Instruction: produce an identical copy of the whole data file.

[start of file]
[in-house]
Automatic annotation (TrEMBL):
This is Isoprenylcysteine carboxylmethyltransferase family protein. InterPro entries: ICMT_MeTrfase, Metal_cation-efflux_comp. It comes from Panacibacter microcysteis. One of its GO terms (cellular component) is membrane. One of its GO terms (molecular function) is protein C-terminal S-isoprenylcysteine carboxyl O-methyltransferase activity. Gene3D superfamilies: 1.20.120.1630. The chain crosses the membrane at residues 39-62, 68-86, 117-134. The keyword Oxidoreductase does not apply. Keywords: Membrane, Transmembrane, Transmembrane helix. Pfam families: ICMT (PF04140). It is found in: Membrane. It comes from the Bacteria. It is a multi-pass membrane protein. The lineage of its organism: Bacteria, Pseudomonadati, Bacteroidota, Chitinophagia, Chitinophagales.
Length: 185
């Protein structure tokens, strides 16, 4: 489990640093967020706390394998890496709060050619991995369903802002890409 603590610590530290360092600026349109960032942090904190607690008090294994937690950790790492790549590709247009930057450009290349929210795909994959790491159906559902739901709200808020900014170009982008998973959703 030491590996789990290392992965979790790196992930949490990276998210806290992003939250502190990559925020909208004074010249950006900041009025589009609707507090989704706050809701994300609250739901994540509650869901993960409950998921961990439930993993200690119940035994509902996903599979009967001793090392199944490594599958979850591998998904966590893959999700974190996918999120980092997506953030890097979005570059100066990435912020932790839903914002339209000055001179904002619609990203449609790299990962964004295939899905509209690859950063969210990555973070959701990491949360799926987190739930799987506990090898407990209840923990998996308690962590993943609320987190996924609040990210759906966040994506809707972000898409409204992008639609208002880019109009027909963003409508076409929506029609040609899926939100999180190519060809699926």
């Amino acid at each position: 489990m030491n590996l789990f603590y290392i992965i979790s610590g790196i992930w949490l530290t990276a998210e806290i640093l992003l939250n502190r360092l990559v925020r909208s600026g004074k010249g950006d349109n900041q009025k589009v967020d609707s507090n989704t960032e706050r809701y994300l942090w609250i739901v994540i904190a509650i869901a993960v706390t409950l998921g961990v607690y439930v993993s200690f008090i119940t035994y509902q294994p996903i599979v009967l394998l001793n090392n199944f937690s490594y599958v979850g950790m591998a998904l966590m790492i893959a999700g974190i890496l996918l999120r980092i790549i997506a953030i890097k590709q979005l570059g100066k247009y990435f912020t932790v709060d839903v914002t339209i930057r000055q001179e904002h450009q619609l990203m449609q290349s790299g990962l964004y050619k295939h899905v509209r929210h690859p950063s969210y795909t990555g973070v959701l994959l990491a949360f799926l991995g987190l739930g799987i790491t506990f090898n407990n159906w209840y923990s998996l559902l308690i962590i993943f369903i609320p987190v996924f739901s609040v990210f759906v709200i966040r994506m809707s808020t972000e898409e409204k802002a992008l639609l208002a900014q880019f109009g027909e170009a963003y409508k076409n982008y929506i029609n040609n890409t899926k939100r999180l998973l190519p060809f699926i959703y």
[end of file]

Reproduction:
[in-house]
Automatic annotation (TrEMBL):
This is Isoprenylcysteine carboxylmethyltransferase family protein. InterPro entries: ICMT_MeTrfase, Metal_cation-efflux_comp. It comes from Panacibacter microcysteis. One of its GO terms (cellular component) is membrane. One of its GO terms (molecular function) is protein C-terminal S-isoprenylcysteine carboxyl O-methyltransferase activity. Gene3D superfamilies: 1.20.120.1630. The chain crosses the membrane at residues 39-62, 68-86, 117-134. The keyword Oxidoreductase does not apply. Keywords: Membrane, Transmembrane, Transmembrane helix. Pfam families: ICMT (PF04140). It is found in: Membrane. It comes from the Bacteria. It is a multi-pass membrane protein. The lineage of its organism: Bacteria, Pseudomonadati, Bacteroidota, Chitinophagia, Chitinophagales.
Length: 185
């Protein structure tokens, strides 16, 4: 489990640093967020706390394998890496709060050619991995369903802002890409 603590610590530290360092600026349109960032942090904190607690008090294994937690950790790492790549590709247009930057450009290349929210795909994959790491159906559902739901709200808020900014170009982008998973959703 030491590996789990290392992965979790790196992930949490990276998210806290992003939250502190990559925020909208004074010249950006900041009025589009609707507090989704706050809701994300609250739901994540509650869901993960409950998921961990439930993993200690119940035994509902996903599979009967001793090392199944490594599958979850591998998904966590893959999700974190996918999120980092997506953030890097979005570059100066990435912020932790839903914002339209000055001179904002619609990203449609790299990962964004295939899905509209690859950063969210990555973070959701990491949360799926987190739930799987506990090898407990209840923990998996308690962590993943609320987190996924609040990210759906966040994506809707972000898409409204992008639609208002880019109009027909963003409508076409929506029609040609899926939100999180190519060809699926």
């Amino acid at each position: 489990m030491n590996l789990f603590y290392i992965i979790s610590g790196i992930w949490l530290t990276a998210e806290i640093l992003l939250n502190r360092l990559v925020r909208s600026g004074k010249g950006d349109n900041q009025k589009v967020d609707s507090n989704t960032e706050r809701y994300l942090w609250i739901v994540i904190a509650i869901a993960v706390t409950l998921g961990v607690y439930v993993s200690f008090i119940t035994y509902q294994p996903i599979v009967l394998l001793n090392n199944f937690s490594y599958v979850g950790m591998a998904l966590m790492i893959a999700g974190i890496l996918l999120r980092i790549i997506a953030i890097k590709q979005l570059g100066k247009y990435f912020t932790v709060d839903v914002t339209i930057r000055q001179e904002h450009q619609l990203m449609q290349s790299g990962l964004y050619k295939h899905v509209r929210h690859p950063s969210y795909t990555g973070v959701l994959l990491a949360f799926l991995g987190l739930g799987i790491t506990f090898n407990n159906w209840y923990s998996l559902l308690i962590i993943f369903i609320p987190v996924f739901s609040v990210f759906v709200i966040r994506m809707s808020t972000e898409e409204k802002a992008l639609l208002a900014q880019f109009g027909e170009a963003y409508k076409n982008y929506i029609n040609n890409t899926k939100r999180l998973l190519p060809f699926i959703y």